Bacterial respiration is an essential driving force in biogeochemical cycling and bioremediation processes. Electron acceptors respired by bacteria often have solid and soluble forms that typically coexist in the environment. It is important to understand how sessile bacteria attached to solid electron acceptors respond to ambient soluble alternative electron acceptors. Microbial fuel cells (MFCs) provide a useful tool to investigate this interaction. In MFCs with Shewanella decolorationis, azo dye was used as an alternative electron acceptor in the anode chamber. Different respiration patterns were observed for biofilm and planktonic cells, with planktonic cells preferred to respire with azo dye while biofilm cells respired with both the anode and azo dye. The additional azo respiration dissipated the proton accumulation within the anode biofilm. There was a large redox potential gap between the biofilms and anode surface. Changing cathodic conditions caused immediate effects on the anode potential but not on the biofilm potential. Biofilm viability showed an inverse and respiration-dependent profile when respiring with only the anode or azo dye and was enhanced when respiring with both simultaneously. These results provide new insights into the bacterial respiration strategies in environments containing multiple electron acceptors and support an electron-hopping mechanism within Shewanella electrode-respiring biofilms. © 2014 American Chemical Society.


du J.,Guangdong Institute of Microbiology | du J.,State Key Laboratory of Applied Microbiology Southern China | Mei C.-F.,Guangdong Institute of Microbiology | Mei C.-F.,State Key Laboratory of Applied Microbiology Southern China | And 3 more authors.
Bulletin of Environmental Contamination and Toxicology | Year: 2016

Non-steroid anti-inflammatory drugs (NSAIDs) have been frequently detected in aquatic ecosystem and posed a huge risk to non-target organisms. The aim of this study was to evaluate the toxic effects of three typical NSAIDs, diclofenac (DFC), acetaminophen (APAP) and ibuprofen (IBP), toward the water flea Daphnia magna. All three NSAIDs showed remarkable time-dependent and concentration-dependent effects on D. magna, with DFC the highest and APAP the lowest toxic. Survival, growth and reproduction data of D. magna from all bioassays were used to determine the LC10 and LC50 (10 % lethal and median lethal concentrations) values of NSAIDs, as well as the EC10 and EC50 (10 % effect and median effect concentrations) values. Concentrations for the lethal and sublethal toxicity endpoints were mainly in the low ppm-range, of which reproduction was the most sensitive one, indicating that non-target organisms might be adversely affected by relevant ambient low-level concentrations of NSAIDs after long-time exposures. © 2016 Springer Science+Business Media New York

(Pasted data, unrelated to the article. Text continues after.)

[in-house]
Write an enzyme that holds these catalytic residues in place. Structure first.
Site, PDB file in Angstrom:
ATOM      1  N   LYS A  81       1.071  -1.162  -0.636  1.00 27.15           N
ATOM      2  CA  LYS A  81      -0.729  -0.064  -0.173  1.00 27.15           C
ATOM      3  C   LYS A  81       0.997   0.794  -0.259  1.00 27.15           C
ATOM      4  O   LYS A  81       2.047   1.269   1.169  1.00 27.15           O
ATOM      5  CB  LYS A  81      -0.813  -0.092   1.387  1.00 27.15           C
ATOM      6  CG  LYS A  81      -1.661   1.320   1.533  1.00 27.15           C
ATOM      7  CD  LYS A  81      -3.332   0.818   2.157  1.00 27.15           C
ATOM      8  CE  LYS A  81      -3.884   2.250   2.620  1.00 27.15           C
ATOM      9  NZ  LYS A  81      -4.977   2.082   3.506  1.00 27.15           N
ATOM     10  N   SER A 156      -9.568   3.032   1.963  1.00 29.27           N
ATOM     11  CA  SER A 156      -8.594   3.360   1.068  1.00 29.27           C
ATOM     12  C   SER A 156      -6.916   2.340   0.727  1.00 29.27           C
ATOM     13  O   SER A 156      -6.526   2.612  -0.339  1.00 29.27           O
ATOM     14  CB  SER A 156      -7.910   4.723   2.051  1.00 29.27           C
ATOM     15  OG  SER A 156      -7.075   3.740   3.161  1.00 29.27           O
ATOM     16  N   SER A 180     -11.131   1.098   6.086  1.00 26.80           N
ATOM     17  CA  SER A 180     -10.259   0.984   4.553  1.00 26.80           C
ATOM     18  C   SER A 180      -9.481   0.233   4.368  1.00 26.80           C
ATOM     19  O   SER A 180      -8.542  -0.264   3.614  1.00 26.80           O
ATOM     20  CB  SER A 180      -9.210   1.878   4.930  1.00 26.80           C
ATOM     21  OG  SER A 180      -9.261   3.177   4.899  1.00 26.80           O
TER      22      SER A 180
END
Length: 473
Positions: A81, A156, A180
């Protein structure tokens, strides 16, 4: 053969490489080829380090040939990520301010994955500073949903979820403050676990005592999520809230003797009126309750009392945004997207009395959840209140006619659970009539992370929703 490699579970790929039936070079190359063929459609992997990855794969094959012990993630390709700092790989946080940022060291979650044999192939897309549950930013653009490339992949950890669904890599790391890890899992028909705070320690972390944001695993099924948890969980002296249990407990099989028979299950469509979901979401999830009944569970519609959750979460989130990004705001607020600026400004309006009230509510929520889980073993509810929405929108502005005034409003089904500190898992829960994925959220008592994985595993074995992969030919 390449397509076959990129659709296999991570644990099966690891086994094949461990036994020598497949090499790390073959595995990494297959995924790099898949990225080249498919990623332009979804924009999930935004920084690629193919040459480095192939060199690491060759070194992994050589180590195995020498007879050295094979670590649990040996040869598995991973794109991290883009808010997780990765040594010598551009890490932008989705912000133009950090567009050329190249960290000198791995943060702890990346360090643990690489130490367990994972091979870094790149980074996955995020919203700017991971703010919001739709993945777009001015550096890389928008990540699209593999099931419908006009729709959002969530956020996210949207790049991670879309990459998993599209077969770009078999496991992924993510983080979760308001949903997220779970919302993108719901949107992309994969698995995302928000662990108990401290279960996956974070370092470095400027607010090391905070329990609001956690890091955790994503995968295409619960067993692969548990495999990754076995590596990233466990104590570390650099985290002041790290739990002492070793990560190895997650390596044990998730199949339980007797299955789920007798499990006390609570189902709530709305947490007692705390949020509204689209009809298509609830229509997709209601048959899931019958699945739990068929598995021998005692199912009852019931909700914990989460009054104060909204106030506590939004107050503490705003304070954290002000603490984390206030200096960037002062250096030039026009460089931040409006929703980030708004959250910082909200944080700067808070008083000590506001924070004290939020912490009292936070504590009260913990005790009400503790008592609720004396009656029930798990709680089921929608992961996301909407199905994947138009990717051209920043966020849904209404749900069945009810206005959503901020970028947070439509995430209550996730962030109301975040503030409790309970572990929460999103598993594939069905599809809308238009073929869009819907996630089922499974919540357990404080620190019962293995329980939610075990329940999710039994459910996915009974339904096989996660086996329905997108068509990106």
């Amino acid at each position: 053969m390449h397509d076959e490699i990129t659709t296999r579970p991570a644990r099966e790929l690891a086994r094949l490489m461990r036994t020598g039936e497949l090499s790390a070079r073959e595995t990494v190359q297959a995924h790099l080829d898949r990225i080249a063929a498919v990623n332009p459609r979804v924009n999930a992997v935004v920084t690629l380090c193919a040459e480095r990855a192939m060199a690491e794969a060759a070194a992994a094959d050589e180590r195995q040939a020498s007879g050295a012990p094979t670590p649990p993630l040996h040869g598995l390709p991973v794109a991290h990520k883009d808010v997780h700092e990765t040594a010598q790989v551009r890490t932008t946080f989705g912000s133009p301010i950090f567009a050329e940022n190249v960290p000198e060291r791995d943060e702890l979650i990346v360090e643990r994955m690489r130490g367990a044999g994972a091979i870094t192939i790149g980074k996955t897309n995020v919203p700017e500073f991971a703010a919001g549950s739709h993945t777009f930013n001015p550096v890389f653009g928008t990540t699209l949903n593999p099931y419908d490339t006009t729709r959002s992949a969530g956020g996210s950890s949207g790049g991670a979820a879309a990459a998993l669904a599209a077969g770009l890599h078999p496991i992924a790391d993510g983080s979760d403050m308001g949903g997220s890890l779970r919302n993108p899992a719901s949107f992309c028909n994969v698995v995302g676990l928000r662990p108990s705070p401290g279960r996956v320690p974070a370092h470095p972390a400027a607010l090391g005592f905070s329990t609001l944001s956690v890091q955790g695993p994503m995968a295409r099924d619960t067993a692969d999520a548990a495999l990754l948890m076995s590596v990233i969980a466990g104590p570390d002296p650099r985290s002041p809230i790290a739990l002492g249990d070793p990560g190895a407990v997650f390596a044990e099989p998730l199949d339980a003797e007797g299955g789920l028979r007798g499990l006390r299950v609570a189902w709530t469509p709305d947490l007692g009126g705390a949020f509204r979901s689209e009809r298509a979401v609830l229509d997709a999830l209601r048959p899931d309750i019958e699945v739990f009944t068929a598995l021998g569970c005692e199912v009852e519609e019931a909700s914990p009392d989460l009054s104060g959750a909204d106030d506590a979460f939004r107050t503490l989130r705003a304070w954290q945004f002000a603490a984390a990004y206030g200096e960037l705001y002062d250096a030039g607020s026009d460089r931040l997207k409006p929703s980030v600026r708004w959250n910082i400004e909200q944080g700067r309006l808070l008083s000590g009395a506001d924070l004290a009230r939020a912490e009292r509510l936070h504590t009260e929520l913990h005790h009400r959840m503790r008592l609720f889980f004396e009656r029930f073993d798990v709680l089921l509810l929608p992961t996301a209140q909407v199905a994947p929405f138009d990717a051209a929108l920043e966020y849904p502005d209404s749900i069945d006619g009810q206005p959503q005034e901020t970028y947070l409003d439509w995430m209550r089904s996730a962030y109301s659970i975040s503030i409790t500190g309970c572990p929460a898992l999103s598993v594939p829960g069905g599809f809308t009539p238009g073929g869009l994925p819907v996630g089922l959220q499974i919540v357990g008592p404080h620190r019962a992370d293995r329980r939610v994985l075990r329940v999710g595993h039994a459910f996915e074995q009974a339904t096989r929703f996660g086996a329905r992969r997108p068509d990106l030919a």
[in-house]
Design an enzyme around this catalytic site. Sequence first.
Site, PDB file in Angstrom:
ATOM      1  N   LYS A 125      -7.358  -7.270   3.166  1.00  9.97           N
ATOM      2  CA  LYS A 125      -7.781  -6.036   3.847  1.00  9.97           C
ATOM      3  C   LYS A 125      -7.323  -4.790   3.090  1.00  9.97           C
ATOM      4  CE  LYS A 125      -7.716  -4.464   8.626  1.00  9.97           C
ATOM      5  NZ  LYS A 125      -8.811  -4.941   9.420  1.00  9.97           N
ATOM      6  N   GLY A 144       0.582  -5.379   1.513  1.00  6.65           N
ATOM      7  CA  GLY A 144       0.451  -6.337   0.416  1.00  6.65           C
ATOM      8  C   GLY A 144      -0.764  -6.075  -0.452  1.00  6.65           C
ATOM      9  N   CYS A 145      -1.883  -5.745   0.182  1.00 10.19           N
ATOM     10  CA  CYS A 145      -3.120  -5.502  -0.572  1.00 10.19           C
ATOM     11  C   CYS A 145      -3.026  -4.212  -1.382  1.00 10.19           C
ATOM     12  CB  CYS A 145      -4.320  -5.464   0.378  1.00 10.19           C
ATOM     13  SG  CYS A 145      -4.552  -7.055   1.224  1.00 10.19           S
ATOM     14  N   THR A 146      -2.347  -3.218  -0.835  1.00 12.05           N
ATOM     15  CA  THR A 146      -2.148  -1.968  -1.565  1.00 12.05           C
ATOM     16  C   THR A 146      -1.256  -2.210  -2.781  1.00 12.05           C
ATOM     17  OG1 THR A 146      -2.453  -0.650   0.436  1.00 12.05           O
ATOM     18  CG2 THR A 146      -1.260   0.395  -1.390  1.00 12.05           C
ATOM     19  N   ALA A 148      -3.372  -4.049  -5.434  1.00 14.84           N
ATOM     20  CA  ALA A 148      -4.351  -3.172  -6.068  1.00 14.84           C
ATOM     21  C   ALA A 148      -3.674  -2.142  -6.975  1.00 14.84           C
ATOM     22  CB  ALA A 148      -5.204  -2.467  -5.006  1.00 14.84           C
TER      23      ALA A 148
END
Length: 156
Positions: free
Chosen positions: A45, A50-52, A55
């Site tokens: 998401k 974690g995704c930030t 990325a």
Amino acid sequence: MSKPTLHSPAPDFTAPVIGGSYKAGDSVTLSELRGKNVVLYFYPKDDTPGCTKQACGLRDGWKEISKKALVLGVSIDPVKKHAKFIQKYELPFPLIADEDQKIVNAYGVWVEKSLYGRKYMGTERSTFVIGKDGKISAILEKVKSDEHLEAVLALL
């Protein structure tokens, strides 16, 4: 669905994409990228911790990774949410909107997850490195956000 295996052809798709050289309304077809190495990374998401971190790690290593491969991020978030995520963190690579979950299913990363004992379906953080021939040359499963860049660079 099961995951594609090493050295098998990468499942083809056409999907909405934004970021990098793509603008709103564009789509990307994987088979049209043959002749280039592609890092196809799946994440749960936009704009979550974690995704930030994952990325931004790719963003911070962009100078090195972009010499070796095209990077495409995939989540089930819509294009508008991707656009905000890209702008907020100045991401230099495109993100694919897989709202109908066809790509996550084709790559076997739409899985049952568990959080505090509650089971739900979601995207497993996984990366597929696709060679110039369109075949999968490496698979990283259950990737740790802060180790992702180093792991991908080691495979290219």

PubMed | Yuewei Edible Fungi Technology Co., State Key Laboratory of Applied Microbiology Southern China, Guangzhou University and Sunnybrook Research Institute
Type: | Journal: Oncotarget | Year: 2017

We conducted a study of Ganoderma lucidum metabolites and isolated 35 lanostane-type triterpenoids, including 5 new ganoderols (1-5). By spectroscopy, we compared the structures of these compounds with known related compounds in this group. All of the isolated compounds were assayed for their effect against the human breast carcinoma cell line MDA-MB-231 and hepatocellular carcinoma cell line HepG2. Corresponding three-dimensional quantitative structure-activity relationship (3D-QSAR) models were built and analyzed using Discovery Studio. These results provide further evidence for anti-cancer constituents within Ganoderma lucidum, and may provide a theoretical foundation for designing novel therapeutic compounds.


PubMed | Guangdong Institute of Microbiology and State Key Laboratory of Applied Microbiology Southern China
Type: | Journal: Scientific reports | Year: 2015

Viability is a common issue of concern in almost all microbial processes. Fluorescence-based assays are extensively used in microbial viability assessment, especially for mixed-species samples or biofilms. Propidium iodide (PI) is the most frequently used fluorescence indicator for cell viability based on the membrane permeability. Our results showed that the accumulation of succinate from fumarate respiration could induce PI-permeability in Shewanella decolorationis biofilm cells. Confocal laser scanning microscope further showed that the PI-permeable membrane could be repaired in situ when the extracellular succinate was eliminated by switching fumarate respiration to electrode respiration. Simultaneously with the membrane repair, the electrode respiring capacity of the originally PI-permeable cells was recovered. Agar-colony counts suggested that a major portion of the repaired cells were viable but nonculturable (VBNC). The results evidenced that S. decolorationis S12 has the capacity to repair PI-permeable membranes which suggests a reevaluation of the fate and function of the PI-permeable bacteria and expanded our knowledge on the flexibility of bacterial survival status in harsh environments.